So, why does Irving want to join San Antonio?

Maybe he underestimates Leonard. He wouldn’t be the first star to do so. See Kevin Durant and LaMarcus Aldridge.

Maybe Irving has a sliding scale of priorities. Sure, he’d like preeminence on a team, but maybe he’d relinquish that to join Leonard and Popovich. At least the reserved Leonard would cede the spotlight to Irving as much as possible (which LeBron would never do), and Popovich is more respected than Tyronn Lue.

But back to reality: The Spurs lack assets beyond Leonard to trade for Irving – Aldridge would be a horrid fit with LeBron, Kevin Love and Tristan Thompson, and San Antonio’s first-round picks are always in the low 20s – and the Cavs control where Irving goes. It’s very hard to see Irving landing in San Antonio.

Report: John Wall’s extension includes player option

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The Wizards had John Wall under contract for the next two seasons then signed him to a super-max extension that locks him in for an additional four three years.

Adrian Wojnarowski of ESPN:

I’m a little surprised the Wizards gave Wall a player option considering their leverage.

Wall’s extension projects to pay him $169 million over four years – $30 million more than another team’s projected max offer over the same span. Even if Wall wanted to stay in Washington, this was the only offseason he could’ve ensured receiving the super-max rate. Had he rejected the extension now, he would have been eligible for the super max only by making an All-NBA team either of the next two years – far from guaranteed.

Still, the Wizards gave Wall everything – the highest-possible salary, max raises, a player option and a trade kicker.* There’s value in pleasing the franchise player. Wall will be the team’s third-highest-paid player for the next two years (behind Otto Porter and Bradley Beal), which might have bothered Wall if not for the super-max extension about to kick in. This deal makes locker-room harmony more likely.

But it also allows Wall to hit free agency in 2022 rather than 2023. Maybe that won’t matter. Wall’s salary option-year salary projects to be $47 million when he’s 32-years-old. I doubt Wall opts out then, though it’s certainly possible.

Effectively, if Wall is worth that much in 2022, he’ll be a free agent. If he’s not worth that much, Washington committed to pay him.

*The trade kicker is unlikely to to matter unless the salary cap unexpectedly increases significantly. It can’t lift Wall’s salary above 35% of the salary cap in the season he’s traded, and he’ll likely be at or above that mark throughout the extension anyway.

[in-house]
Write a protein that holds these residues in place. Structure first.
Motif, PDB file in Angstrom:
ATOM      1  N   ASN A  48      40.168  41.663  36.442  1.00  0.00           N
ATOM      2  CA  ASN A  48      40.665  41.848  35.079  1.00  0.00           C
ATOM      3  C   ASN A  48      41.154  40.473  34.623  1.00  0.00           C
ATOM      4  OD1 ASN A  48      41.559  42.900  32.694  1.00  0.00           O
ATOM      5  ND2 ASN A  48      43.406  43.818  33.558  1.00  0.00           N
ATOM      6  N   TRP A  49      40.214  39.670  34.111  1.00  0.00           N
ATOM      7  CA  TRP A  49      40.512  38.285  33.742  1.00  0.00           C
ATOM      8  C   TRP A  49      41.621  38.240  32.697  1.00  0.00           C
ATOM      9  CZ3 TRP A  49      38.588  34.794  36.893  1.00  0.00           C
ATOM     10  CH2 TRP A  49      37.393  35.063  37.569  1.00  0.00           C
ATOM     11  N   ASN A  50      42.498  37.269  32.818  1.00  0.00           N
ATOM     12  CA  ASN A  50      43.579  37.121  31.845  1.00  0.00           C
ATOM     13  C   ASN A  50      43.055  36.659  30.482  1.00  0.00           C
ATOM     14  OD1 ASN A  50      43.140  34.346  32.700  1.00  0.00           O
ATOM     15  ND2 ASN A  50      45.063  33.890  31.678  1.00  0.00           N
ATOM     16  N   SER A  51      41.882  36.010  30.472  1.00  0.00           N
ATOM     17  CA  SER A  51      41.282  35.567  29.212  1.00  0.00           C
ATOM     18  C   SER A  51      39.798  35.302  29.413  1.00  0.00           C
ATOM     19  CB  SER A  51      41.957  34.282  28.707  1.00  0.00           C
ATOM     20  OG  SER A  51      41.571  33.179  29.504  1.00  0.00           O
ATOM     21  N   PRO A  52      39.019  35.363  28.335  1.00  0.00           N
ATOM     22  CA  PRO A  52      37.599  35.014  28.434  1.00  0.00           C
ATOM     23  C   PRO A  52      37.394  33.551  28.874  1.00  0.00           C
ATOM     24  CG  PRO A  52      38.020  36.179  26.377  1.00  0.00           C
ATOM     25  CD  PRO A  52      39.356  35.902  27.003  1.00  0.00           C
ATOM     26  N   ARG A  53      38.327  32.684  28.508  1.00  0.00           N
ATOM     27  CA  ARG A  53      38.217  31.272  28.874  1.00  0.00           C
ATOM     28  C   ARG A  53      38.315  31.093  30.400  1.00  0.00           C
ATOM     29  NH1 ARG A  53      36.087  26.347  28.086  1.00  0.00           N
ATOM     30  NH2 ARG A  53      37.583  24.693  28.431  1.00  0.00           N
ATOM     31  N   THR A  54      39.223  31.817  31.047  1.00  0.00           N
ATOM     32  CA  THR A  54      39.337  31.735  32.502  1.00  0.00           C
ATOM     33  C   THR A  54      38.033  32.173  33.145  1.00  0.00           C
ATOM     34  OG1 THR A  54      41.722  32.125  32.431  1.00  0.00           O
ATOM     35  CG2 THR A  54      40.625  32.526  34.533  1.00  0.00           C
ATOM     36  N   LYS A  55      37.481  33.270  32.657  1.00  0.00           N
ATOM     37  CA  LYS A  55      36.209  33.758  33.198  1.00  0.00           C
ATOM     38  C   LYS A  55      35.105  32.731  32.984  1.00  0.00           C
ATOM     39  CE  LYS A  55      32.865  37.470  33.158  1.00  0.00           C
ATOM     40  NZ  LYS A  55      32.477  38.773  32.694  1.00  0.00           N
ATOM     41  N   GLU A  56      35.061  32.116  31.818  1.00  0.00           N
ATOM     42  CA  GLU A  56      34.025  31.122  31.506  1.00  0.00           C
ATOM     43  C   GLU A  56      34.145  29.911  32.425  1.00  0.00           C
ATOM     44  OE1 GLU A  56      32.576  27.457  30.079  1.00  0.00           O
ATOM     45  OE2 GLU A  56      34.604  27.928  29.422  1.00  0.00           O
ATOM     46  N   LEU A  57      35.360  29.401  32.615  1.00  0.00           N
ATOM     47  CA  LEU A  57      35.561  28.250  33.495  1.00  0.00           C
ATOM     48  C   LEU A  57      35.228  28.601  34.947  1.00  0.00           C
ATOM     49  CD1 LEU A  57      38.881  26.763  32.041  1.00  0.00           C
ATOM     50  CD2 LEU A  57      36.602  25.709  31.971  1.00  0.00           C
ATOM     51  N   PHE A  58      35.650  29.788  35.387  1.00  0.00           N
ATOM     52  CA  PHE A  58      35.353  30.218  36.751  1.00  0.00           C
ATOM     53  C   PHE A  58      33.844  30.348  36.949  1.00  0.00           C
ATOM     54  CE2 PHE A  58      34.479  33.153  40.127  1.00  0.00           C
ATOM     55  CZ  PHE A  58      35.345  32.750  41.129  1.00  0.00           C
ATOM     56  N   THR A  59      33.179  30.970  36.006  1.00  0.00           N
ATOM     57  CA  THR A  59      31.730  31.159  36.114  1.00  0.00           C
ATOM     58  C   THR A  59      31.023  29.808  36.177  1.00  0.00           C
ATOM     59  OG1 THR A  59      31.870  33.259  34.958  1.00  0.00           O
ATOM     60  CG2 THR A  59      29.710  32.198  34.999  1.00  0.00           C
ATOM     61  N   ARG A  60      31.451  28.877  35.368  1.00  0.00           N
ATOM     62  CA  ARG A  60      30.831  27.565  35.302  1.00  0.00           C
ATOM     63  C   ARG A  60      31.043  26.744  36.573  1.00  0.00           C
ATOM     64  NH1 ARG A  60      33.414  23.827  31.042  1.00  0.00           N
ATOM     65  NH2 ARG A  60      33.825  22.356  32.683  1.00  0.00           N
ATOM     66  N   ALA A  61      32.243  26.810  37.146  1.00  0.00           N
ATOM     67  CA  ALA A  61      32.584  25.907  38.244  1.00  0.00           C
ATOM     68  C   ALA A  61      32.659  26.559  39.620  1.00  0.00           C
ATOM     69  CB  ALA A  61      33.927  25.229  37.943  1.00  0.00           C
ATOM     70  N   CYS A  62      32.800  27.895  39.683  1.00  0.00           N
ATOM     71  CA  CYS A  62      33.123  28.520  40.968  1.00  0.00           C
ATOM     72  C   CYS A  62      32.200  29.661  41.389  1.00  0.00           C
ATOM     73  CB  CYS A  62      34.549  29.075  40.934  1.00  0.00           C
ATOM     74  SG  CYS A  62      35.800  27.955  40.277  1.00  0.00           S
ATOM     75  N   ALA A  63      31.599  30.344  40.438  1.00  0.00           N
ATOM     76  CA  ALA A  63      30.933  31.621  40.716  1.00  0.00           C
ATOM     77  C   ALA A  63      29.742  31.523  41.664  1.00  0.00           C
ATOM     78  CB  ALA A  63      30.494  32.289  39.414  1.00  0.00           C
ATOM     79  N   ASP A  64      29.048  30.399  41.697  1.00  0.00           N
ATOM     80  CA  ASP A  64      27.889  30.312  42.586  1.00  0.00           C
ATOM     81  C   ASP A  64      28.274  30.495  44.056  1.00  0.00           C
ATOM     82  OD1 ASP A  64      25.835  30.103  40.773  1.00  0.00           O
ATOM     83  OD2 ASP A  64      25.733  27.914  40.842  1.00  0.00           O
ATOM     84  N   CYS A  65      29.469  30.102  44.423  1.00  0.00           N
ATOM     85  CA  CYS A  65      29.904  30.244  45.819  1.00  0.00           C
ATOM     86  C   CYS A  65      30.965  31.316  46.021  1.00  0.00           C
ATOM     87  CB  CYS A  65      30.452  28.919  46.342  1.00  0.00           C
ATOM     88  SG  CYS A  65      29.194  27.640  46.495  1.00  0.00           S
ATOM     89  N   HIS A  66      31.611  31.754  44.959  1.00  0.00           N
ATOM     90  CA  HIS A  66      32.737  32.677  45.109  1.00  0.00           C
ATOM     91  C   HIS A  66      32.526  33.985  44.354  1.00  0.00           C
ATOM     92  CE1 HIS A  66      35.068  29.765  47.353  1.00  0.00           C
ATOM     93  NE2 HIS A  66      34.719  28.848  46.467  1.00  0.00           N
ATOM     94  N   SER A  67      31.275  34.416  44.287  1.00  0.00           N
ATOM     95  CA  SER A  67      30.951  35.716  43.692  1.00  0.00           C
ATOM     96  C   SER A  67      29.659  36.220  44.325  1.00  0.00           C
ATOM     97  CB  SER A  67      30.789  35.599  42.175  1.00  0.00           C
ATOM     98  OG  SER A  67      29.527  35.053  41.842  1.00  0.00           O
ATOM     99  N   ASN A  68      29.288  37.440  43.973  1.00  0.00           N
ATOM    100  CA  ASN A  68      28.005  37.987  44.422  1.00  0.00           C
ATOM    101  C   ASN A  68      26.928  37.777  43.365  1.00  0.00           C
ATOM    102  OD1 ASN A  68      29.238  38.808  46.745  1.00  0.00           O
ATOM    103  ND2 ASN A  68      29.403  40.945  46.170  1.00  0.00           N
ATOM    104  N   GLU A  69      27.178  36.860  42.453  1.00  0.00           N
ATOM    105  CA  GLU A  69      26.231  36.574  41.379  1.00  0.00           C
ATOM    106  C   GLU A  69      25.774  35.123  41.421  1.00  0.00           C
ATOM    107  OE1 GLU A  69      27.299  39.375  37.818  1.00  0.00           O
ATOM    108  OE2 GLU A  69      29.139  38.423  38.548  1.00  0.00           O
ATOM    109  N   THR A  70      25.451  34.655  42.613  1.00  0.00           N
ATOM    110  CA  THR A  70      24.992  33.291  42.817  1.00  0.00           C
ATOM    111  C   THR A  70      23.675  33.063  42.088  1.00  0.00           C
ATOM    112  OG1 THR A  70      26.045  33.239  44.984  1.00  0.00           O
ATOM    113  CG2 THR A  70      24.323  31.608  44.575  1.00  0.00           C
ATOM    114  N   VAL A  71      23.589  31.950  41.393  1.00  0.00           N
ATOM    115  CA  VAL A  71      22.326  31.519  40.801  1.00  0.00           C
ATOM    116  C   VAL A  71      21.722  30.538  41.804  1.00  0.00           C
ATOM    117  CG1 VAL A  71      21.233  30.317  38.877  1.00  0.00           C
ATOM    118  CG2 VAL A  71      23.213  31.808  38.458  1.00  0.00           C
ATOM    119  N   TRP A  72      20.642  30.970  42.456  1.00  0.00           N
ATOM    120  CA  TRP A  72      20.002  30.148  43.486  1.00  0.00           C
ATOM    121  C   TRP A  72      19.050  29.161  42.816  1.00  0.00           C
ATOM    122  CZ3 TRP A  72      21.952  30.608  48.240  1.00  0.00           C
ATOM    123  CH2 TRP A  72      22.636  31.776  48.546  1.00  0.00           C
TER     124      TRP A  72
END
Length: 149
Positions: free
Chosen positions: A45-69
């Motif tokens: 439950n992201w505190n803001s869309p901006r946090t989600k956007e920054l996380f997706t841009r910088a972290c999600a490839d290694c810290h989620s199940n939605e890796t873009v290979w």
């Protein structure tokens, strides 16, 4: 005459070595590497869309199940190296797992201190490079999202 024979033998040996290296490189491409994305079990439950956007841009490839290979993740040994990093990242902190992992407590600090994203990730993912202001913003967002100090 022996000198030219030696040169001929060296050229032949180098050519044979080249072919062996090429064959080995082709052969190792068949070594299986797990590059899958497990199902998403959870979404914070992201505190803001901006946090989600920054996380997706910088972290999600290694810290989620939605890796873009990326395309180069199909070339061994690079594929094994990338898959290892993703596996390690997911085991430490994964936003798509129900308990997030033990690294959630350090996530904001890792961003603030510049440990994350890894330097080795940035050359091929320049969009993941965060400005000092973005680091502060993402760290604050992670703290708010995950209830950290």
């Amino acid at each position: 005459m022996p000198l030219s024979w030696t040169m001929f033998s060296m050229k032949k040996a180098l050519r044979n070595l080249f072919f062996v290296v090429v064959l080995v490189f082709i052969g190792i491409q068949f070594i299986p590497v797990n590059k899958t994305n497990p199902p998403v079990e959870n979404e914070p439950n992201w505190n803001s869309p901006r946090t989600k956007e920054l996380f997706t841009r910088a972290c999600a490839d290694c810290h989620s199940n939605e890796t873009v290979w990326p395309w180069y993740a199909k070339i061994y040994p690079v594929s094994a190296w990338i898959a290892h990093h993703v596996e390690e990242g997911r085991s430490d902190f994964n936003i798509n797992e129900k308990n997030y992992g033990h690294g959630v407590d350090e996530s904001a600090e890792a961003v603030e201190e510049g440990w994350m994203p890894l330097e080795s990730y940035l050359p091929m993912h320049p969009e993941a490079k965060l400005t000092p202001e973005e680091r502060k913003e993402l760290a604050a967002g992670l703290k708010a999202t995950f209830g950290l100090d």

Basketball Hall of Famer John Kundla dies at 101

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MINNEAPOLIS (AP) — John Kundla, the Hall of Fame coach who led the Minneapolis Lakers to five NBA championships, died Sunday. He was 101.

Son Jim Kundla said his father died at an assisted living facility in Northeast Minneapolis that he has called home for years.

Kundla coached George Mikan and the Lakers in the 1940s and 1950s, helping them become the NBA’s first dynasty. He went 423-302 before retiring at the age of 42 and went on to coach his alma mater, the University of Minnesota.

Kundla was the oldest living Hall of Famer in any of the four major pro sports.

Kundla was inducted into the Hall of Fame in 1995. A year later, he was named one of the league’s 10 greatest coaches as part of the league’s “NBA at 50” celebration.

 

Report: Magic signing Marreese Speights to one-year, minimum contract

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It’s a tough market for free-agent centers, as Marreese Speights learned the hard way.

Jeff Zillgitt of USA Today:

I wonder whether Speights regrets opting out with the Clippers, who were also slated to pay him a minimum salary. Not only is he stuck with a low-paying deal, he’s on a worse team and one with center depth.

Nikola Vucevic and Bismack Biyombo should play only center, where Speights is best. Speights can also play power forward, but Aaron Gordon should get all his minutes there. Maybe Jonathan Isaac should, too, though it’s more tolerable to play him at small forward while the rookie adjusts to the NBA.

Simply, there won’t be much playing time for Speights unless Orlando makes a trade (maybe this is a harbinger) or plays too big of lineups (a lesson it should have learned last season).

Likewise, the Clippers will be fine, though less versatile, without Speights. The acquired Willie Reed (free agency) and Montrezl Harrell (Chris Paul trade) to play behind DeAndre Jordan.

Speights clearly isn’t essential, but he has expanded his range beyond the 3-point arc. He defends with effort, though not necessarily well. There’s a place in the league for stretch fives like him. But he turns 30 in a couple weeks, and his stock is clearly low. At least he’ll have a chance for a bigger payday next summer.